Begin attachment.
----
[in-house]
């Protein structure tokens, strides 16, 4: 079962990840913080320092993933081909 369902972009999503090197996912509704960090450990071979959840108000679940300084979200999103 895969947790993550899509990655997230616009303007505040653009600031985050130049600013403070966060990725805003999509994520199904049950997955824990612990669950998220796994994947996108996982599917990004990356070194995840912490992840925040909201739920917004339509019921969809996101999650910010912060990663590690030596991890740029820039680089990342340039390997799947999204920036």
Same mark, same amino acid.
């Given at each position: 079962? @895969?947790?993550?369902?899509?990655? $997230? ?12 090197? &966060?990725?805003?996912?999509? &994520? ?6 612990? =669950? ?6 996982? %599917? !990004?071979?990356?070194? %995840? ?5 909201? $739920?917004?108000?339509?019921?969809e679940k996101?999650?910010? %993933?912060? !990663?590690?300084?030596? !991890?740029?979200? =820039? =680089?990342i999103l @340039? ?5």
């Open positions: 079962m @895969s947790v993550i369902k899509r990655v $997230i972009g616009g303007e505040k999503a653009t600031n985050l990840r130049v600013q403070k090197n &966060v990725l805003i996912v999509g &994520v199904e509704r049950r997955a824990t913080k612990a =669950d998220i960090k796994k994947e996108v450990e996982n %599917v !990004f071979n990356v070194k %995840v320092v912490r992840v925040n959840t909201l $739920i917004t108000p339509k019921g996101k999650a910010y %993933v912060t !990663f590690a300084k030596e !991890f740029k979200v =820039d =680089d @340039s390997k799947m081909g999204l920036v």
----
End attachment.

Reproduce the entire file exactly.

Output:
[in-house]
């Protein structure tokens, strides 16, 4: 079962990840913080320092993933081909 369902972009999503090197996912509704960090450990071979959840108000679940300084979200999103 895969947790993550899509990655997230616009303007505040653009600031985050130049600013403070966060990725805003999509994520199904049950997955824990612990669950998220796994994947996108996982599917990004990356070194995840912490992840925040909201739920917004339509019921969809996101999650910010912060990663590690030596991890740029820039680089990342340039390997799947999204920036």
Same mark, same amino acid.
């Given at each position: 079962? @895969?947790?993550?369902?899509?990655? $997230? ?12 090197? &966060?990725?805003?996912?999509? &994520? ?6 612990? =669950? ?6 996982? %599917? !990004?071979?990356?070194? %995840? ?5 909201? $739920?917004?108000?339509?019921?969809e679940k996101?999650?910010? %993933?912060? !990663?590690?300084?030596? !991890?740029?979200? =820039? =680089?990342i999103l @340039? ?5």
């Open positions: 079962m @895969s947790v993550i369902k899509r990655v $997230i972009g616009g303007e505040k999503a653009t600031n985050l990840r130049v600013q403070k090197n &966060v990725l805003i996912v999509g &994520v199904e509704r049950r997955a824990t913080k612990a =669950d998220i960090k796994k994947e996108v450990e996982n %599917v !990004f071979n990356v070194k %995840v320092v912490r992840v925040n959840t909201l $739920i917004t108000p339509k019921g996101k999650a910010y %993933v912060t !990663f590690a300084k030596e !991890f740029k979200v =820039d =680089d @340039s390997k799947m081909g999204l920036v």